“Bite-Size Bits of Local, National, and Global History”
“Bite-Size Bits of Local, National, and Global History”
Leesville in Vernon Parish, Louisiana — The American South (West South Central)

Wolf Rock Cave

Wolf Rock Cave Marker image. Click for full size.
October 12, 2018
1. Wolf Rock Cave Marker
Rivers & streams flowing across broad coastal plains 24-30 million years ago (during the Oligocene period) deposited sediments making up the Catahoula Formation. The Catahoula formation, found in Louisiana, Mississippi, and Texas, consists of sandstones, sand, clays, and conglomerates. In Louisiana, the Catahoula Formation forms a belt across the central part of the state revealing that beaches and deltas were located 125 miles farther inland than today's coastline. This area is part of the Catahoula Formation & erosive processes created Wolf Rock Cave.

Wolf Rock Cave is best described as two small rock overhangs overlooking Bundick's Creek. It is the only known rock shelter in Louisiana used by its early people. It was used during the Late Archaic time period, and dates to 2500-1000 BC. It was used primarily as a lithic procurement area, in which the Archaic people collected chert from the area to make tools. There is also some evidence from the archaeological record that this area was used as a small habitation, that is some Archaic people lived here for short periods of time.

Archaic Indians, lived in small nomadic groups

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which roamed within a small geographic area. They were hunter- gatherers. The Archaic Indians fabricated stone tools and ornaments. They also made bone needles, awls fishhooks, beads, and hairpins; and antler alati hooks, handles and spear points. Less common objects were tortoise shell rattles and shell ornaments. They made baskets to carry and store seeds, roots, fruits, and nuts. They cracked nut shells with specially shaped stones, and ground nuts and seeds into meal with grinding stones. The Archaic Indians also made axes and chopping tools for cutting down trees and hollowing out tree trunks.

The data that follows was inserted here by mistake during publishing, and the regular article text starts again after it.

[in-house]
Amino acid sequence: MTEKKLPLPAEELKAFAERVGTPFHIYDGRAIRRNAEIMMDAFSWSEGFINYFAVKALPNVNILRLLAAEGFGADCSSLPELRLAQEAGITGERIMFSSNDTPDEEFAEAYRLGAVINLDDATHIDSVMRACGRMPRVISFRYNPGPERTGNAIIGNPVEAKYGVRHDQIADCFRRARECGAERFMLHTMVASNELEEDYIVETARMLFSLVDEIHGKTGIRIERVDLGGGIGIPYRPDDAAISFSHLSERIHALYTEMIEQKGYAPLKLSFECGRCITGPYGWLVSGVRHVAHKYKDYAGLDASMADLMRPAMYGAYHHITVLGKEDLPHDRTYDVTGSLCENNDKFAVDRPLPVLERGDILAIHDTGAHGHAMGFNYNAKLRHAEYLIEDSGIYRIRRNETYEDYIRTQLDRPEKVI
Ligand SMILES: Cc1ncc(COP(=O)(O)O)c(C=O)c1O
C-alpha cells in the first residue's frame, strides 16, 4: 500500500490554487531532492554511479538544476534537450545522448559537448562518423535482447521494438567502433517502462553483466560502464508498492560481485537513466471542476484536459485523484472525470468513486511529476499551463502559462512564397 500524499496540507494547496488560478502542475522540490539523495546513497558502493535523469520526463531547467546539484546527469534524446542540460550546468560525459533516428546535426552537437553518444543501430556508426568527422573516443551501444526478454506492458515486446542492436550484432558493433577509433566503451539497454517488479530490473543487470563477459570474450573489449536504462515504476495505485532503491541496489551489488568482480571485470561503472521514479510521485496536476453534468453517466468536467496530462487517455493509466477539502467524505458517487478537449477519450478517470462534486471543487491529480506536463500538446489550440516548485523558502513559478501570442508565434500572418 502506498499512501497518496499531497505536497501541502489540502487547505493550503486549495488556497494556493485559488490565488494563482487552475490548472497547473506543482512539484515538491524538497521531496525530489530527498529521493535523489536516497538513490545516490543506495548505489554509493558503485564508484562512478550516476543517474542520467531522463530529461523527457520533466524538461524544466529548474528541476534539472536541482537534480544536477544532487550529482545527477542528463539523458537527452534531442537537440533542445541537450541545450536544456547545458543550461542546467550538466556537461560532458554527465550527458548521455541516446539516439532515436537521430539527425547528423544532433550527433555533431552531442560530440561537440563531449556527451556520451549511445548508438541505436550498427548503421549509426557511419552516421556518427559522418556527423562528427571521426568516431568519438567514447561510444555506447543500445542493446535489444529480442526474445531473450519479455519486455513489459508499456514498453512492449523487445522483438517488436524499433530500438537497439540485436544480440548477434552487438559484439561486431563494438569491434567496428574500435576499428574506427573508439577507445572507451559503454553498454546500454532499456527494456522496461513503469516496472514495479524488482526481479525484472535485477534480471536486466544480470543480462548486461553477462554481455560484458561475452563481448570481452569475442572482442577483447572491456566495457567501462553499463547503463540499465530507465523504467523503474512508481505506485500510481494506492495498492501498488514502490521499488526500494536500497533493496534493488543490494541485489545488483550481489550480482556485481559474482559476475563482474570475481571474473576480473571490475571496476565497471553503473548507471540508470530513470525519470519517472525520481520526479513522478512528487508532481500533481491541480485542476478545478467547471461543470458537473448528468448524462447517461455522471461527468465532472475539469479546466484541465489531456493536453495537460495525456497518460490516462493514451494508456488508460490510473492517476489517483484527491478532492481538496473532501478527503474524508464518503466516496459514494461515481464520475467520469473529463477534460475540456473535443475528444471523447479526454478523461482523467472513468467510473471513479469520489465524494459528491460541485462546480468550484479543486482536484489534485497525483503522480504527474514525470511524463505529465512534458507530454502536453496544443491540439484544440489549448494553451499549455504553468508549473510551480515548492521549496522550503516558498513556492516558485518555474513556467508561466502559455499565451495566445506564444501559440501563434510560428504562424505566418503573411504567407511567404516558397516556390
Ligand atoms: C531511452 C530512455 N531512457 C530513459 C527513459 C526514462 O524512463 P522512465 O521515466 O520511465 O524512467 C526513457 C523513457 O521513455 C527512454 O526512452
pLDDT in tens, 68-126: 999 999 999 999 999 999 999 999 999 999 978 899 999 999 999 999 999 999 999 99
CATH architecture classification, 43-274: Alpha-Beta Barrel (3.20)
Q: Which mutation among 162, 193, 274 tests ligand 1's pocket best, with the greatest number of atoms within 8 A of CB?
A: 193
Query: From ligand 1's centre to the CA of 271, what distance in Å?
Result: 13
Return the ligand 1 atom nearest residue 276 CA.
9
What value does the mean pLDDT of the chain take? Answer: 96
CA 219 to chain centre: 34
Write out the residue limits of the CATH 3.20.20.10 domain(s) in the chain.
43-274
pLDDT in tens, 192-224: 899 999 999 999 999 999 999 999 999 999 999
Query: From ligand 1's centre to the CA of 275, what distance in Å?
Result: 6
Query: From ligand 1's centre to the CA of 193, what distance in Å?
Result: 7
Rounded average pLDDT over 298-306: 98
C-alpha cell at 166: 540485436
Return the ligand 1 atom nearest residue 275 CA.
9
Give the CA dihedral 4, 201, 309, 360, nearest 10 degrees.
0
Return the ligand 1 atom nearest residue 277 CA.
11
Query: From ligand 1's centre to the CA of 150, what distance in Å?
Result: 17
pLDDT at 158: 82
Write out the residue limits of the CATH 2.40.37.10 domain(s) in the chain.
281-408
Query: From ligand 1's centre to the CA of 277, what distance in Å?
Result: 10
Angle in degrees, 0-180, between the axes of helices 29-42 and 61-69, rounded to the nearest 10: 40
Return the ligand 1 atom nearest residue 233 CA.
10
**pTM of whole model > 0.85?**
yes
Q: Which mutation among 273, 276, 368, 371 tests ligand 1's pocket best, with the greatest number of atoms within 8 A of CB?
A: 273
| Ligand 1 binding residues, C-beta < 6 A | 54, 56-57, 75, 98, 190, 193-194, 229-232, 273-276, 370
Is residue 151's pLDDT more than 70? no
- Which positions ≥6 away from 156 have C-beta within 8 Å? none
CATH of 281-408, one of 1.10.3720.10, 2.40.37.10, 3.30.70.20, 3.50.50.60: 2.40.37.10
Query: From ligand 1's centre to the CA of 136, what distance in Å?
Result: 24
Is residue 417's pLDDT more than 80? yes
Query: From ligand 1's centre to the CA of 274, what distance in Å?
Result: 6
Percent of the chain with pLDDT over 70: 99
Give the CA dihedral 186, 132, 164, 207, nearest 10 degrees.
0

All people leave traces of their activities wherever they cook, build houses, hold religious ceremonies, make tools, or dump their trash. If these traces are undisturbed, archaeologists can use them to determine who left them, when they were left, and what activities were associated with them. Wolf Rock Cave and all of Louisiana's archaeological sites deserve respect.
Erected by U.S. Forest Service.
Topics. This historical marker is listed in these topic lists: Anthropology & ArchaeologyNative AmericansNatural FeaturesParks & Recreational Areas.
Location. 30° 58.331′ N, 93° 11.549′ W. Marker

Wolf Rock Cave Marker image. Click for full size.
October 12, 2018
2. Wolf Rock Cave Marker
is in Leesville, Louisiana, in Vernon Parish. Marker can be reached from Johnsonville Road, 1˝ miles south of Pitkin Highway (State Highway 10), on the right when traveling south. Touch for map. Marker is in this post office area: Leesville LA 71446, United States of America. Touch for directions.
Other nearby markers. At least 8 other markers are within 6 miles of this marker, measured as the crow flies. Wolf Rock Cave In Kisatchie National Forest (approx. 2.3 miles away); Louisiana Maneuvers Louisiana Goes to War, Twice (approx. 3.1 miles away); Civilian Conservation Corps (approx. 3.3 miles away); Fullerton (approx. 4.2 miles away); The Seventh Armored Division (approx. 4.9 miles away); Camp Polk Heritage Families (approx. 5.4 miles away); Peason Ridge Heritage Families (approx. 5.4 miles away); Second Brigade Soldiers (approx. 5.4 miles away). Touch for a list and map of all markers in Leesville.
Wolf Rock Cave image. Click for full size.
October 12, 2018
3. Wolf Rock Cave
Credits. This page was last revised on November 9, 2018. It was originally submitted on November 9, 2018, by Cajun Scrambler of Assumption, Louisiana. This page has been viewed 2,272 times since then and 346 times this year. Photos:   1, 2, 3. submitted on November 9, 2018.

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Sep. 25, 2023